Russia. Predictably, the Russia government is also a major culprit in spreading disinformation about the coronavirus, fitting in with a decades-long disinformation effort blaming the United States for virus outbreaks such as AIDS and Ebola. As the COVID-19 caseload in Russia surges, the efforts to undermine the United States and its Western allies have intensified. In doing this, Russia has been echoing many of the themes developed by China, for the same reasons.
For instance, Russia Today (RT), the state-funded international television network and one of President Putin’s main vectors for disinformation, has spread the accusation that the U.S. could be the prime culprit behind COVID-19 outbreak. RT has especially broadcast these allegations in China and Iran. In March, RT reported that Major General Hossein Salami, head of Iran’s Islamic Revolutionary Guards Corps, speculated, “It is possible that this virus is a product of a biological attack by America which initially spread to China and then to Iran and the rest of the world.” Salami vowed that Iran would “fight” the virus and cautioned that the illness “will return” to the United States, if Washington was indeed responsible for the outbreak. The piece was accompanied by a typical dishonest disclaimer, “Though such conspiracy theories have been circulating for a while, there’s still no official proof it could be true.”
Another disinformation campaign invented or echoed by Russia has linked the corona virus with 5G technology, allegedly because of its use of a certain frequency. RT, along with the Russian propaganda website Sputnik, started a campaign over a year ago against 5G technology, according to Wired, calling “5G Wireless: A Dangerous ‘Experiment on Humanity.’” A YouTube video on this allegation has been viewed almost two million times. Connecting the dots, the Russian propaganda has now added coronavirus into the mix. In Belgium, Britain, and the Netherlands this fabrication gained traction, leading to attacks on 5G towers and installations and abuse of 5G staff.
Russia’s troll farms have also been busy spreading disinformation about the coronavirus and its origins. One such is the Russian Internet Research Agency, based in St. Petersburg and owned by Yevgeny Prigozhin, a close ally of President Vladimir Putin. Since the start of 2020, it has tried to induce distrust in public institutions throughout the European Union. Agnieszka Legucka from the Polish Institute of International Affairs told Deutche Welle,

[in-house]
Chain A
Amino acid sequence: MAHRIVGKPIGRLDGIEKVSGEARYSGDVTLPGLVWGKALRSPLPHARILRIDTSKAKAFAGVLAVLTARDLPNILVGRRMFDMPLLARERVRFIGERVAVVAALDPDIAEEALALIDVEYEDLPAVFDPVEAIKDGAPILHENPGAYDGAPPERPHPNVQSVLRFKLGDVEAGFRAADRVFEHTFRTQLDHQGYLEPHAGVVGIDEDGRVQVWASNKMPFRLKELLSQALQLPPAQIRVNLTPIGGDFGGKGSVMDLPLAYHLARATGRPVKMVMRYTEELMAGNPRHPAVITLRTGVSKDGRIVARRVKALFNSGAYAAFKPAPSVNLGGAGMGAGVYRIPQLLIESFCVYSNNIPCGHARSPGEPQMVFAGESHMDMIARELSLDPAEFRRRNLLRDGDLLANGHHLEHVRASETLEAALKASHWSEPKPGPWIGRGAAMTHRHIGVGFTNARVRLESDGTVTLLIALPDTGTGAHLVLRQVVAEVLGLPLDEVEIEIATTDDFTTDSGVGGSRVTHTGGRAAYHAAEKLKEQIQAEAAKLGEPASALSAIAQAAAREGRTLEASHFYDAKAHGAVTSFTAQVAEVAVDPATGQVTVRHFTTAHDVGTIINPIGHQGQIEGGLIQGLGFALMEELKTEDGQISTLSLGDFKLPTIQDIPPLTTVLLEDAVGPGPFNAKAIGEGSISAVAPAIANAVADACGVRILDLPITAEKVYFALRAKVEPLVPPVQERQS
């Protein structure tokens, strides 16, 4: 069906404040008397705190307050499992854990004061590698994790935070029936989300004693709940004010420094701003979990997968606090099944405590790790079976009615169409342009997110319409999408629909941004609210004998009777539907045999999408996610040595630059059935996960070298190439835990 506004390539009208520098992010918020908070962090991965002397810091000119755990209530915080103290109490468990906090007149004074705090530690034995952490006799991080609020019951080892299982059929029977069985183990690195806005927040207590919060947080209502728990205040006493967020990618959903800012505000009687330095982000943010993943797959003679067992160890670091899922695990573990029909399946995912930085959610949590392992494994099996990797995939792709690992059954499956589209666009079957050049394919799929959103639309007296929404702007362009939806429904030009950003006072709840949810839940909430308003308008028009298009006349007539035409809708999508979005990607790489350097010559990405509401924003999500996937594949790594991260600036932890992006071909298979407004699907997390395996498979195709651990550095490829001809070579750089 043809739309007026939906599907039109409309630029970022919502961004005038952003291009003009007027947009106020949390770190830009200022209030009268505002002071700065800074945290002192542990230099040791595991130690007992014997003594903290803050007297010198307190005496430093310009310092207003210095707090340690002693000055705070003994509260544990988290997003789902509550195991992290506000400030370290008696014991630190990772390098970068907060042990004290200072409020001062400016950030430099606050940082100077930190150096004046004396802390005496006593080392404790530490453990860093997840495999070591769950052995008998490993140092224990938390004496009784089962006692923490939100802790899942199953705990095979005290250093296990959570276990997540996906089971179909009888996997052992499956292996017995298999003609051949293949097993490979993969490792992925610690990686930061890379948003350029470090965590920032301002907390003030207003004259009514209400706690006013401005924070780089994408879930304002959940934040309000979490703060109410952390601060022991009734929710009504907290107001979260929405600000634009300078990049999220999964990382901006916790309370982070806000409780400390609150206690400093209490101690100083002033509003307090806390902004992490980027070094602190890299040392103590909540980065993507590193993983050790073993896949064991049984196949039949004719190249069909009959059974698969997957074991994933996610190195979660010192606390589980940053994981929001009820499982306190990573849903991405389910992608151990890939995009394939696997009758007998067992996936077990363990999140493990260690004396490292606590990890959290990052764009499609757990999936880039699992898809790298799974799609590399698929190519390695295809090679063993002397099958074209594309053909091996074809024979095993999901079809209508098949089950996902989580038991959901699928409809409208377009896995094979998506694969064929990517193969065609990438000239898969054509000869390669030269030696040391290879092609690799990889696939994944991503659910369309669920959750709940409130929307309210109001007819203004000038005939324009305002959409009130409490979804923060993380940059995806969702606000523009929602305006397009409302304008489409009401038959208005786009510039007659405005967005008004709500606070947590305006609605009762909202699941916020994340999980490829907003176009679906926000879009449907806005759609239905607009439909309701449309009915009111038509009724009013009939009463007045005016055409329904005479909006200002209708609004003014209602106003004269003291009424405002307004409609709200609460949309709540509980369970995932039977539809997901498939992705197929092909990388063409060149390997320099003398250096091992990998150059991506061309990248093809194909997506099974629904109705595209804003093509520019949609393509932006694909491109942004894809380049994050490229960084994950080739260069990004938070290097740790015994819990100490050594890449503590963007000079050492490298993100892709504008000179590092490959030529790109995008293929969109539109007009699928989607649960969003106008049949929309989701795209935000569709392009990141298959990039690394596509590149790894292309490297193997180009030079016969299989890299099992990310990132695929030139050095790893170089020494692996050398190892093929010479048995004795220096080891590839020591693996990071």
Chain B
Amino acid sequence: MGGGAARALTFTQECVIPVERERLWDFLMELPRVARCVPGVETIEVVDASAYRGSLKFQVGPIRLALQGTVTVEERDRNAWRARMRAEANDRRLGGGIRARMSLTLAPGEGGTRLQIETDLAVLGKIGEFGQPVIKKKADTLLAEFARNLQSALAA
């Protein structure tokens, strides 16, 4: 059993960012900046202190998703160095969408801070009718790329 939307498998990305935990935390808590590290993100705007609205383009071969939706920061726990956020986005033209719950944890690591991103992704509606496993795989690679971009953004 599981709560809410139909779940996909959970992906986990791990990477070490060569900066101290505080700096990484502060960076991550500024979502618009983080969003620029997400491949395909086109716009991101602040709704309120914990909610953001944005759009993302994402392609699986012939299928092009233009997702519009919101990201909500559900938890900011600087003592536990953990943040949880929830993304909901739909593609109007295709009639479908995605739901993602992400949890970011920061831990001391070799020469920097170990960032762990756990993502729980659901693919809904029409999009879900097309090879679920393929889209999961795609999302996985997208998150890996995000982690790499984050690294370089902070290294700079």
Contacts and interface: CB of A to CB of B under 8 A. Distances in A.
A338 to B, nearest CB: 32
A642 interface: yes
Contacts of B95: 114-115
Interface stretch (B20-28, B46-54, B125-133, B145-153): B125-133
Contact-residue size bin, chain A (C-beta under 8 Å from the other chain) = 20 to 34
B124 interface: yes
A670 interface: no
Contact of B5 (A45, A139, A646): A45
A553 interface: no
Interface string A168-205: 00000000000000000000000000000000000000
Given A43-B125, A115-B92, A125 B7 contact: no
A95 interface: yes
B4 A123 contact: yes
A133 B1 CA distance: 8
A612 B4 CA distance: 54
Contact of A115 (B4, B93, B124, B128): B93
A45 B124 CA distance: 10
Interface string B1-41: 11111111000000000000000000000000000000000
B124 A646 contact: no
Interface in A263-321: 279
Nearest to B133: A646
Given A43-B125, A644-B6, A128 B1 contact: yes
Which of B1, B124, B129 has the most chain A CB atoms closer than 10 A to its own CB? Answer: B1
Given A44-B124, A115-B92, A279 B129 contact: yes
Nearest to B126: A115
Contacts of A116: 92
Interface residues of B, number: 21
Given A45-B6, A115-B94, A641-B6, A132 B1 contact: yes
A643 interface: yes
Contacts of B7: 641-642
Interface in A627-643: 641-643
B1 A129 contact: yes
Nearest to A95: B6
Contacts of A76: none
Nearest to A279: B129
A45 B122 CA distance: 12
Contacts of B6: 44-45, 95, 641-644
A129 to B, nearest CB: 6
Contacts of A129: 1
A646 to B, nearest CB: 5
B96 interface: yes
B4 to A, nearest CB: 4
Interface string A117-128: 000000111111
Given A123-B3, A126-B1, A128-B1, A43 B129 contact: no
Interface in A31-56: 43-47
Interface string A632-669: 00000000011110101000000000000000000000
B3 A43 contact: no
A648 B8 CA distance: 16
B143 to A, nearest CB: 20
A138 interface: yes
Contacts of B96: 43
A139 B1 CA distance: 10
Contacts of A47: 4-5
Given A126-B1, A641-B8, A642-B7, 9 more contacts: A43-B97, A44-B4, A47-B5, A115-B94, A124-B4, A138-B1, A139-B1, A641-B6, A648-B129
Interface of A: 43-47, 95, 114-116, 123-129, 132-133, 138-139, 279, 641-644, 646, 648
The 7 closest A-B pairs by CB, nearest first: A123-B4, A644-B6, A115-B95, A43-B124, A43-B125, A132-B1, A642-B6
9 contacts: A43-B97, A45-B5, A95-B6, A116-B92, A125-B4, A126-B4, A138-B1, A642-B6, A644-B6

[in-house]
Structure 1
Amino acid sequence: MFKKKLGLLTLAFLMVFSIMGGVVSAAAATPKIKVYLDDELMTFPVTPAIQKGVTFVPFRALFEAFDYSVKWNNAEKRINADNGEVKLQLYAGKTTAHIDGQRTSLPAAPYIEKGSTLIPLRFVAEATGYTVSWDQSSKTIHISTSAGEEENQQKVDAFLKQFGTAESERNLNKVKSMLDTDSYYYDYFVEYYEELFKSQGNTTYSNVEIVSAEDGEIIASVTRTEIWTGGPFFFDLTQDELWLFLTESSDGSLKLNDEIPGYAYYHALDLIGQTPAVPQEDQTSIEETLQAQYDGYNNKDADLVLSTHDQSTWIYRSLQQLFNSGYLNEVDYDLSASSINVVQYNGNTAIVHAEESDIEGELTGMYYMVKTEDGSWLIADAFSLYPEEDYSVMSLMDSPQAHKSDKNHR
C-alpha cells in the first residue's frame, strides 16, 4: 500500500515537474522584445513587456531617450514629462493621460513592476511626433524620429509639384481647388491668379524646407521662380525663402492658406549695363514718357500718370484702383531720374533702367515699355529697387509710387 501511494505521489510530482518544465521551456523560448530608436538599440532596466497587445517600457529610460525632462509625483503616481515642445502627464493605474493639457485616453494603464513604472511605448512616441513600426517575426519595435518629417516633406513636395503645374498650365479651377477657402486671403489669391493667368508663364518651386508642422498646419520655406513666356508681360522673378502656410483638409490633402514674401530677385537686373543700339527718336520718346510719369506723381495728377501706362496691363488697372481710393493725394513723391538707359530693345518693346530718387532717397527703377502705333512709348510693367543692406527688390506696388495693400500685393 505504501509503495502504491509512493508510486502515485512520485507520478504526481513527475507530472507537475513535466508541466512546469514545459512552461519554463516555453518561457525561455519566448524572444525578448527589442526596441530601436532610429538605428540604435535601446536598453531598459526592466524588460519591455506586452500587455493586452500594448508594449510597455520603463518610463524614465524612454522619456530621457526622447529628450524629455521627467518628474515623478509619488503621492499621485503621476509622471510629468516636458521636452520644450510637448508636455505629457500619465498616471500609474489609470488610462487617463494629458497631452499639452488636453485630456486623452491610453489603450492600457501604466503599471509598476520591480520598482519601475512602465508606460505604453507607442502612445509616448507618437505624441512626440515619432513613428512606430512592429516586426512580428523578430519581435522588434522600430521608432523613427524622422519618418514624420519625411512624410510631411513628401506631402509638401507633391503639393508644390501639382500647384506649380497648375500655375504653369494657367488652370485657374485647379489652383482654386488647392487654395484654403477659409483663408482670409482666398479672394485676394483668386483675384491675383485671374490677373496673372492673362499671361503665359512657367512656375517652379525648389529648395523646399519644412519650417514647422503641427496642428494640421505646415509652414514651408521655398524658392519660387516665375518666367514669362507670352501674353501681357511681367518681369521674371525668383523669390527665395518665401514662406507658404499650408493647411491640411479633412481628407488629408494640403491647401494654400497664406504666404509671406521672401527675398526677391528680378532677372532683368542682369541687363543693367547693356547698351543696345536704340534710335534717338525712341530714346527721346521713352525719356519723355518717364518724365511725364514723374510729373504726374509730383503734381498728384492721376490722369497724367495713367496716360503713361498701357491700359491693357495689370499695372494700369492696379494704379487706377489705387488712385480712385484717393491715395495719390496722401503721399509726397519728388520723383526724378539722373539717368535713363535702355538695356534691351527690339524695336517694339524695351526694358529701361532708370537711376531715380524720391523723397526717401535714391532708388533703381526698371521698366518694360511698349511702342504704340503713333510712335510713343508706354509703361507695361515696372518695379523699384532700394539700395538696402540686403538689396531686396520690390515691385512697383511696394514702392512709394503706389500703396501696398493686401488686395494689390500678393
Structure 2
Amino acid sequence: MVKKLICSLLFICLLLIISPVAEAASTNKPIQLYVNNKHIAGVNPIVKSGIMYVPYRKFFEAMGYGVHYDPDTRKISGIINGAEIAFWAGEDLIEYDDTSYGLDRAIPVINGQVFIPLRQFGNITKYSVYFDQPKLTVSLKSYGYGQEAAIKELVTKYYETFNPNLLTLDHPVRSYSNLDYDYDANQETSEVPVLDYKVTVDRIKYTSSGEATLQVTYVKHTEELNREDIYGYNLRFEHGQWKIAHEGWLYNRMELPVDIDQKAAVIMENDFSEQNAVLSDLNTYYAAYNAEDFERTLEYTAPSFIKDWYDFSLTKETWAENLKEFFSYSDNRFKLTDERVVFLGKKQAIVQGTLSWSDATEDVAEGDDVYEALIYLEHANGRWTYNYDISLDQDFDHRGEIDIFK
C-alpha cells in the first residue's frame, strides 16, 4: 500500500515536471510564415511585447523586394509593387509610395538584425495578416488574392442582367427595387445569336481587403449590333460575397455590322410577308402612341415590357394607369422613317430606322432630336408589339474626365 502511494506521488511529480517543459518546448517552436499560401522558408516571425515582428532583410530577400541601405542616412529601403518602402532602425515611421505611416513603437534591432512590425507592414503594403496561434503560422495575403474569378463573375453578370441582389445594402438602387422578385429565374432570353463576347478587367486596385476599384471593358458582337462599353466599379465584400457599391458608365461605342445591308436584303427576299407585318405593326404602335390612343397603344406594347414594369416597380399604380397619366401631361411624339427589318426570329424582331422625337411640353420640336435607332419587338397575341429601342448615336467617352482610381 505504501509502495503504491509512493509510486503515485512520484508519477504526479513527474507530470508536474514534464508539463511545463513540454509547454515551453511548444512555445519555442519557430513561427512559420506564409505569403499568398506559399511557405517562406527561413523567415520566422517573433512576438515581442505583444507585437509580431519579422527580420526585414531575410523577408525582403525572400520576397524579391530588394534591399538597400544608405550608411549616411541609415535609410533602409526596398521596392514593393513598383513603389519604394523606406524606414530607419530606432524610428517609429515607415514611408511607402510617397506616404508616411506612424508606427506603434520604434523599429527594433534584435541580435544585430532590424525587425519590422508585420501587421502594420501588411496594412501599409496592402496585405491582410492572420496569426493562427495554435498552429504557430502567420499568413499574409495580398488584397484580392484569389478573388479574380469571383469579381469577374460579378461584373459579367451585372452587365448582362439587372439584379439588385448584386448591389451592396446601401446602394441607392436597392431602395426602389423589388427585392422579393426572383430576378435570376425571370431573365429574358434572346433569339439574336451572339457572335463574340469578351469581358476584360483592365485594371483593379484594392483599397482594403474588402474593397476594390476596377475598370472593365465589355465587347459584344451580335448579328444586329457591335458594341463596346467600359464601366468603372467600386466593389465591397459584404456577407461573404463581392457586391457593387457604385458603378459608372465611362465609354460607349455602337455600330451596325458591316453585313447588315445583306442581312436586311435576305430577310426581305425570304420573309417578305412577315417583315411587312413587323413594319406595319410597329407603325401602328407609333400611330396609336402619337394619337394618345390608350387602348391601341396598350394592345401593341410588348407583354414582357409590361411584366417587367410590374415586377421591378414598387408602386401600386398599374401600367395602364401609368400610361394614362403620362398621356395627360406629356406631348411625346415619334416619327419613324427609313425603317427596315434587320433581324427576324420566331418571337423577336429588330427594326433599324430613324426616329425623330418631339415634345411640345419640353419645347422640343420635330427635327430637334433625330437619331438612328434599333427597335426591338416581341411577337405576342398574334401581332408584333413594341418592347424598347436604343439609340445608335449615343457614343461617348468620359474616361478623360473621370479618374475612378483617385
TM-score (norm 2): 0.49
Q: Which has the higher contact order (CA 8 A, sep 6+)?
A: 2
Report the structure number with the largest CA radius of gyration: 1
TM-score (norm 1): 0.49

With its various methods and channels, Russian disinformation remains a strong tool for contesting the order in Europe. And knowing the strategic goals of Russia’s foreign policy, it won’t end anytime soon; the European Union must prepare for a long-term campaign of disinformation.
Russian conspiracy-mongers have also spread disinformation about billionaire Bill Gates. On March 3, ZVEZDA, a media company run by the Russian military, ran a story headlined “Bill Gates, a Secret Laboratory and a Conspiracy of Pharmaceutical Companies: Who Can Benefit from Coronavirus?” Replete with the usual innuendo, the story suggests that Bill Gates knew about the coronavirus and predicted that it would kill 33 million people globally in less than a year. As it is usual with disinformation, this mixed some facts with the falsehoods. In October 2019, the Bill and Melinda Gates Foundation, alongside the Johns Hopkins Center for Health Security and the World Economic Forum, hosted a conference Event 201 simulating the spread of a new virus. The Russian story used that to conclude that Gates had a hand in the creation of the virus itself, in collusion with the Pentagon and the U.S. pharmaceutical companies. It also stated that COVID-19 only affects people of “the Mongoloid race,” suggesting a racist motivation.
The Troika of Disinfo
In an e-mail sent to media on April 21, titled “An Axis of Disinfo,” a State Department official drew attention to a report by the State Department’s Global Engagement Center (GEC) that highlighted the convergence of disinformation by these three disruptive geopolitical players. The GEC report said, “While Russia, China, and Iran have converged on disinformation narratives in the past, the GEC assesses that their current convergence on COVID-19 disinformation has accelerated as the pandemic increasingly impacts the world and these regimes struggle to control public opinion in their own countries.” It added, “Although these actors regularly engage in disinformation and propaganda operations on a wide variety of geopolitical issues, COVID-19-related disinformation is especially irresponsible and harmful to vulnerable audiences around the globe.”
The European Union, meanwhile, independently arrived at a similar conclusion. An internal report by the EU’s External Action Service (EEAS), the EU diplomatic corps, found, “There is a trilateral convergence of disinformation narratives between Iran, Russia and China that are being multiplied in a co-ordinated manner, particularly on the origins of the virus (‘it is a biological weapon created in the US to bring their opponents down’) and on the response (‘we are doing much better than the West’).”